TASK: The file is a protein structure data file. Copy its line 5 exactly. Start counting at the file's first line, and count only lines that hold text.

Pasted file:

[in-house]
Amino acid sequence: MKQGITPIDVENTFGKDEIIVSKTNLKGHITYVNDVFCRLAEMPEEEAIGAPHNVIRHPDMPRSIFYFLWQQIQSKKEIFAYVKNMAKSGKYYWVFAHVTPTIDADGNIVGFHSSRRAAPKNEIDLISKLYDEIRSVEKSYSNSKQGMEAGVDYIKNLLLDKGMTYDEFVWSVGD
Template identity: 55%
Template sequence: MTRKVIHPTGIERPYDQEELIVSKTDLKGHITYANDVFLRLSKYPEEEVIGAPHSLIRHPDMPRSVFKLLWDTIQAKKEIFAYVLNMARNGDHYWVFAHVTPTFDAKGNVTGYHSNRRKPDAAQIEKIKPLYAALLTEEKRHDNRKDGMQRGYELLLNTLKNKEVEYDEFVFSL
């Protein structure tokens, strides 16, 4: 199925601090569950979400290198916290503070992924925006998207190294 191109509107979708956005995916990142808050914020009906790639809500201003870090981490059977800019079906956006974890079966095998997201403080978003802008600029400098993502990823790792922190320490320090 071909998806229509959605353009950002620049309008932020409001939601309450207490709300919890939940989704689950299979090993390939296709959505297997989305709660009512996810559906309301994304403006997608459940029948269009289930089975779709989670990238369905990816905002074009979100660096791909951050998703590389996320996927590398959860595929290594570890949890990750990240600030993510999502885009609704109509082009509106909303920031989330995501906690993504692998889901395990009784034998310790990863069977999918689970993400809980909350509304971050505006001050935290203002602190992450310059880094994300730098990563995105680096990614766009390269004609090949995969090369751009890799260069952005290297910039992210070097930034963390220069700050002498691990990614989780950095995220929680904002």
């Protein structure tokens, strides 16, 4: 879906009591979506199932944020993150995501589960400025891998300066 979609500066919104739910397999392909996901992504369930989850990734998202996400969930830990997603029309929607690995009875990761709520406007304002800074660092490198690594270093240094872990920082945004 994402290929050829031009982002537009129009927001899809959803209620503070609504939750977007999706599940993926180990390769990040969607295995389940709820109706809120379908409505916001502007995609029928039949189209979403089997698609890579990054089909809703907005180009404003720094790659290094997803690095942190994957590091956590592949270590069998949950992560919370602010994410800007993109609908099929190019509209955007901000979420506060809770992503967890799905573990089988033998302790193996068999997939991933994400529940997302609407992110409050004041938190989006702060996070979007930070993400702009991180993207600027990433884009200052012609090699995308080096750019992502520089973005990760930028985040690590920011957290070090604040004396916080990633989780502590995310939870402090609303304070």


């Protein structure tokens, strides 16, 4: 199925601090569950979400290198916290503070992924925006998207190294 191109509107979708956005995916990142808050914020009906790639809500201003870090981490059977800019079906956006974890079966095998997201403080978003802008600029400098993502990823790792922190320490320090 071909998806229509959605353009950002620049309008932020409001939601309450207490709300919890939940989704689950299979090993390939296709959505297997989305709660009512996810559906309301994304403006997608459940029948269009289930089975779709989670990238369905990816905002074009979100660096791909951050998703590389996320996927590398959860595929290594570890949890990750990240600030993510999502885009609704109509082009509106909303920031989330995501906690993504692998889901395990009784034998310790990863069977999918689970993400809980909350509304971050505006001050935290203002602190992450310059880094994300730098990563995105680096990614766009390269004609090949995969090369751009890799260069952005290297910039992210070097930034963390220069700050002498691990990614989780950095995220929680904002």